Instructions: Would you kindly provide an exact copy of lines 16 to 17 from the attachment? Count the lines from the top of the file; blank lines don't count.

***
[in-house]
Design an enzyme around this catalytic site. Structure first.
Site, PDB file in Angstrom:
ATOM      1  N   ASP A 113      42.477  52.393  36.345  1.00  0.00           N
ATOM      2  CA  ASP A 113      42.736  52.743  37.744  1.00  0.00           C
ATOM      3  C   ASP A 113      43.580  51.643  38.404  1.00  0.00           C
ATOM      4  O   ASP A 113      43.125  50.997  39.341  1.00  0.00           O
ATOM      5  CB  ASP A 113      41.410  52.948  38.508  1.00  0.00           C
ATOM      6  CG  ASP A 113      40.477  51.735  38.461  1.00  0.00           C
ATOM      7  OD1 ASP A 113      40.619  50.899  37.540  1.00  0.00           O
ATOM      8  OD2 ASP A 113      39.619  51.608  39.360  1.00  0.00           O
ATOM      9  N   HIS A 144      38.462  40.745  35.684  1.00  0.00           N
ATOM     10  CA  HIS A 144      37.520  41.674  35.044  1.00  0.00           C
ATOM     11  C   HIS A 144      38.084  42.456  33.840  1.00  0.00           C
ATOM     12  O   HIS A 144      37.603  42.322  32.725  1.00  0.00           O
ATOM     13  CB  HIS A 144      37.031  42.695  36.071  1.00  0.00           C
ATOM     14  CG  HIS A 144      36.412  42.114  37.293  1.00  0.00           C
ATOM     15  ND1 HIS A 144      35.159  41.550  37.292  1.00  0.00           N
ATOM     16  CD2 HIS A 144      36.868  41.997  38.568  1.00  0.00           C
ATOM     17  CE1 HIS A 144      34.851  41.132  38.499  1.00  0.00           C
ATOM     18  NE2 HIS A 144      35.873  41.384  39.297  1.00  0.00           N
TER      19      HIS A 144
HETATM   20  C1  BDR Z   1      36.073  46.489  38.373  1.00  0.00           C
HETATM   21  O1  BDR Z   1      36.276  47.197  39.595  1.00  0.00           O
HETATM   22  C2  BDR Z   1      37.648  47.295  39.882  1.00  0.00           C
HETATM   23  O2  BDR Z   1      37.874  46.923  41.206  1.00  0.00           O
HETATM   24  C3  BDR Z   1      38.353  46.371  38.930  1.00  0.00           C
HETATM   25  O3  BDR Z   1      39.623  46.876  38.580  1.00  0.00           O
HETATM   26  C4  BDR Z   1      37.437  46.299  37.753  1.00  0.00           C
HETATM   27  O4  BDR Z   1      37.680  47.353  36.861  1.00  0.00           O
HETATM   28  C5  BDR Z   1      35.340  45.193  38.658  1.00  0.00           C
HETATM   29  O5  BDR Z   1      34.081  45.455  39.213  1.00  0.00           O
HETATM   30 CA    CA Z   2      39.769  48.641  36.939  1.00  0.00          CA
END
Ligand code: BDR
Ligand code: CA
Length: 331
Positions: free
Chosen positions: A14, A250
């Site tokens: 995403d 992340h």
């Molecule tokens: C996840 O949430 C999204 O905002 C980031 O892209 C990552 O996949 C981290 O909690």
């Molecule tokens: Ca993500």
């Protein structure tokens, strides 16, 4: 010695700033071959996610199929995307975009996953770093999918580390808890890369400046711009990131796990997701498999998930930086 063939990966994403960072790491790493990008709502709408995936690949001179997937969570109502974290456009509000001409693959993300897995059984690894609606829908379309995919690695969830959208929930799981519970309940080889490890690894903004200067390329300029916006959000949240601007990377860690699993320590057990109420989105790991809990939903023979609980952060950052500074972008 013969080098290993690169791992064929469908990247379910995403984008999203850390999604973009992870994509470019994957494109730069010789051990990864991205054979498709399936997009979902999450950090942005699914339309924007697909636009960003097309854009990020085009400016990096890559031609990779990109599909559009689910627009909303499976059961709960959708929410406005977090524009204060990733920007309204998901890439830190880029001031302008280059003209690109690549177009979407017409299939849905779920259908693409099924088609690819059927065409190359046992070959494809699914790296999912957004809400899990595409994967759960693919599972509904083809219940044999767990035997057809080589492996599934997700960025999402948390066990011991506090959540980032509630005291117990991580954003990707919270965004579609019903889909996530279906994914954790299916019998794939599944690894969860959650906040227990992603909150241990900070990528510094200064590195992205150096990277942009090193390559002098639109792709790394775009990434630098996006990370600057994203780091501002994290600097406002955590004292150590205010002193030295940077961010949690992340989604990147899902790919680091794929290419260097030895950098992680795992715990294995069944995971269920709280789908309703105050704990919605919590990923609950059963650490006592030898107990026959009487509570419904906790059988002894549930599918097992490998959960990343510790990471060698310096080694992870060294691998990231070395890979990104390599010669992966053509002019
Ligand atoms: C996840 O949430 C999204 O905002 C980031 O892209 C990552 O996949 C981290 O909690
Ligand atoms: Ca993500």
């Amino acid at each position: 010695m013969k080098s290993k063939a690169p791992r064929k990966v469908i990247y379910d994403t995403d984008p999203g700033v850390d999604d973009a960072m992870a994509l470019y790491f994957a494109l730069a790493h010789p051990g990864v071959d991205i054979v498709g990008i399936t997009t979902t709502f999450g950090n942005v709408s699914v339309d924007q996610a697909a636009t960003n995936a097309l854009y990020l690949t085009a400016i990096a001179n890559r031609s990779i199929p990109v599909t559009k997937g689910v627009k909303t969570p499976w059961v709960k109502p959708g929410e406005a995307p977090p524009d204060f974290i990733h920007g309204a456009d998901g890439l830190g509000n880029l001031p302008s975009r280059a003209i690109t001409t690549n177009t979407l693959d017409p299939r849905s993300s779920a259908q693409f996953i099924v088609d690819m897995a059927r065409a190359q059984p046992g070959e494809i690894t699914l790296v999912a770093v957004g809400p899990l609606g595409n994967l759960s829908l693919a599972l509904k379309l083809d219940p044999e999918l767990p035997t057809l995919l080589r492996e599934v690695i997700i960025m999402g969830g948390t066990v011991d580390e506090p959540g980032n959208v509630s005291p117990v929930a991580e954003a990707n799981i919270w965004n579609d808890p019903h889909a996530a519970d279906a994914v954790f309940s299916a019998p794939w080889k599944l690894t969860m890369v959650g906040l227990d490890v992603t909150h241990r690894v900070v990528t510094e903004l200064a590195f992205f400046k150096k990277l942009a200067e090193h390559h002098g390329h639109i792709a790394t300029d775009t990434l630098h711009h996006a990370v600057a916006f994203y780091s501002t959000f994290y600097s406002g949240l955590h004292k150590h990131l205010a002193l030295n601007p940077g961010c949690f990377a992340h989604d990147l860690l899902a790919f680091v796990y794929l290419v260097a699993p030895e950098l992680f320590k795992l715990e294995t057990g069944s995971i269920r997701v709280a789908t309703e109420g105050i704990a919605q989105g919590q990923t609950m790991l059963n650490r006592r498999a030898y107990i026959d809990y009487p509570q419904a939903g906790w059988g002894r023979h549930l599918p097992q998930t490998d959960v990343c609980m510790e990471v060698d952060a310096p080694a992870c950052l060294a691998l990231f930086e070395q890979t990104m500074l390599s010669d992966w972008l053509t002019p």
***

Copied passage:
ATOM     13  CB  HIS A 144      37.031  42.695  36.071  1.00  0.00           C
ATOM     14  CG  HIS A 144      36.412  42.114  37.293  1.00  0.00           C